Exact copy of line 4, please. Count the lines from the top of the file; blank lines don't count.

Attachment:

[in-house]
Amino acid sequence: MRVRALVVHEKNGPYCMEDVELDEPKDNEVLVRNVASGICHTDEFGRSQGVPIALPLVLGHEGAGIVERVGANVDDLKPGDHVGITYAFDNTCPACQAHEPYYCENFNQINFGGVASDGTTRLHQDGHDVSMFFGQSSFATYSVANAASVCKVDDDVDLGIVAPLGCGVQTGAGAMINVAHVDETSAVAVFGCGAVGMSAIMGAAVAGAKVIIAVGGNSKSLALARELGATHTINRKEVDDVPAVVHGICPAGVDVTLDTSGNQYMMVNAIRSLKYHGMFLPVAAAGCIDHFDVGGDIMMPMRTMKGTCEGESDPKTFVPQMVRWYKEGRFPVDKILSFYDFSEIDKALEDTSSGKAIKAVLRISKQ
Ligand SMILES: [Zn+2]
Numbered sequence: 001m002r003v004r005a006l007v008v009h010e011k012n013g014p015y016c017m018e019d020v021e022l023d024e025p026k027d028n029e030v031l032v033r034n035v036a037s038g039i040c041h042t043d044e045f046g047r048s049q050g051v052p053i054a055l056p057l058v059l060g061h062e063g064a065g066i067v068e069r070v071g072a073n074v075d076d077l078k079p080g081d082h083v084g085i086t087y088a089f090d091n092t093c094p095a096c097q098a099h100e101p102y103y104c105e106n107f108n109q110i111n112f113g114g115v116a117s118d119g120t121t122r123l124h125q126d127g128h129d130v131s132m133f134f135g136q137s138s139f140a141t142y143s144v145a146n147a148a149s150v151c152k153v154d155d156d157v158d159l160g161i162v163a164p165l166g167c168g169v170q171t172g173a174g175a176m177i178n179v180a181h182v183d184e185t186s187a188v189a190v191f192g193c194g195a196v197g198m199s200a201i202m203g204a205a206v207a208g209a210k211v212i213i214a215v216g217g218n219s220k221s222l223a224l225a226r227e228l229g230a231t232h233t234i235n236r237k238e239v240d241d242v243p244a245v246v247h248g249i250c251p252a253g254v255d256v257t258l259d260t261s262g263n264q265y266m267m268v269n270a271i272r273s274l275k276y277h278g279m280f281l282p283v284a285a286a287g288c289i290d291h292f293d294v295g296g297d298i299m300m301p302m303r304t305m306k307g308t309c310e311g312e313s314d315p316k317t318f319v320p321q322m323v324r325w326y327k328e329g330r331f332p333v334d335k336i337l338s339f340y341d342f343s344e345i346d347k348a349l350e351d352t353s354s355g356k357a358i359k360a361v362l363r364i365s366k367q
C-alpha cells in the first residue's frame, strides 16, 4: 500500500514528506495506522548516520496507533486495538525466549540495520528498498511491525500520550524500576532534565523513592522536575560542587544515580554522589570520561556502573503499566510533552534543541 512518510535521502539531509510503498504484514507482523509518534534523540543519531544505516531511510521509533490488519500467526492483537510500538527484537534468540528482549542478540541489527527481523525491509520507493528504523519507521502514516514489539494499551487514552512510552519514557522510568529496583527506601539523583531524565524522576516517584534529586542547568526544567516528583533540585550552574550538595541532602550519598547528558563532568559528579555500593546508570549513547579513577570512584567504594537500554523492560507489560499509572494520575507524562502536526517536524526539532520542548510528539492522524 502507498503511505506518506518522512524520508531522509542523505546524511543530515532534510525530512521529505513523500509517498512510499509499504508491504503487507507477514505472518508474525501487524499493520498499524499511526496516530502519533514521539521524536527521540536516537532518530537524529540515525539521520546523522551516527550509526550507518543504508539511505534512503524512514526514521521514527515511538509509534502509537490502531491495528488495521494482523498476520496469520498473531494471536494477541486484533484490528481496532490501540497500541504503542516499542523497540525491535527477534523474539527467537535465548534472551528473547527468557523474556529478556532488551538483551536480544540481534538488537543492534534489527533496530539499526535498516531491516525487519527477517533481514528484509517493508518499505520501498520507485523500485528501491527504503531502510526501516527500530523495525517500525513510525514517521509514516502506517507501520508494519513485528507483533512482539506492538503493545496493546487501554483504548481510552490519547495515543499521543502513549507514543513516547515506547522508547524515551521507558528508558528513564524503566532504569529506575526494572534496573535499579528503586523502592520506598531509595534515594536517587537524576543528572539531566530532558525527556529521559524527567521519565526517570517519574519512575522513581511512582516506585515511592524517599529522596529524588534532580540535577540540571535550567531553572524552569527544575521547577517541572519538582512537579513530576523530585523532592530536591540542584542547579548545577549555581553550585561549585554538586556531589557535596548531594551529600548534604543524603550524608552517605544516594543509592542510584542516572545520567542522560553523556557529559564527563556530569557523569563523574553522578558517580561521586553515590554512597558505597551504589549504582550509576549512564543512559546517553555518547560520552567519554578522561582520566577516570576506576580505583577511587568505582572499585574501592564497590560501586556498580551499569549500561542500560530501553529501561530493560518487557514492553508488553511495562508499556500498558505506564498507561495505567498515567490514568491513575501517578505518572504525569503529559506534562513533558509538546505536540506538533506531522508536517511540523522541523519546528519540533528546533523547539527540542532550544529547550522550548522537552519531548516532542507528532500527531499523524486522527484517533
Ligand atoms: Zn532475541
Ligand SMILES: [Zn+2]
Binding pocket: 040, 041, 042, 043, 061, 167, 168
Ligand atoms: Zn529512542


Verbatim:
Numbered sequence: 001m002r003v004r005a006l007v008v009h010e011k012n013g014p015y016c017m018e019d020v021e022l023d024e025p026k027d028n029e030v031l032v033r034n035v036a037s038g039i040c041h042t043d044e045f046g047r048s049q050g051v052p053i054a055l056p057l058v059l060g061h062e063g064a065g066i067v068e069r070v071g072a073n074v075d076d077l078k079p080g081d082h083v084g085i086t087y088a089f090d091n092t093c094p095a096c097q098a099h100e101p102y103y104c105e106n107f108n109q110i111n112f113g114g115v116a117s118d119g120t121t122r123l124h125q126d127g128h129d130v131s132m133f134f135g136q137s138s139f140a141t142y143s144v145a146n147a148a149s150v151c152k153v154d155d156d157v158d159l160g161i162v163a164p165l166g167c168g169v170q171t172g173a174g175a176m177i178n179v180a181h182v183d184e185t186s187a188v189a190v191f192g193c194g195a196v197g198m199s200a201i202m203g204a205a206v207a208g209a210k211v212i213i214a215v216g217g218n219s220k221s222l223a224l225a226r227e228l229g230a231t232h233t234i235n236r237k238e239v240d241d242v243p244a245v246v247h248g249i250c251p252a253g254v255d256v257t258l259d260t261s262g263n264q265y266m267m268v269n270a271i272r273s274l275k276y277h278g279m280f281l282p283v284a285a286a287g288c289i290d291h292f293d294v295g296g297d298i299m300m301p302m303r304t305m306k307g308t309c310e311g312e313s314d315p316k317t318f319v320p321q322m323v324r325w326y327k328e329g330r331f332p333v334d335k336i337l338s339f340y341d342f343s344e345i346d347k348a349l350e351d352t353s354s355g356k357a358i359k360a361v362l363r364i365s366k367q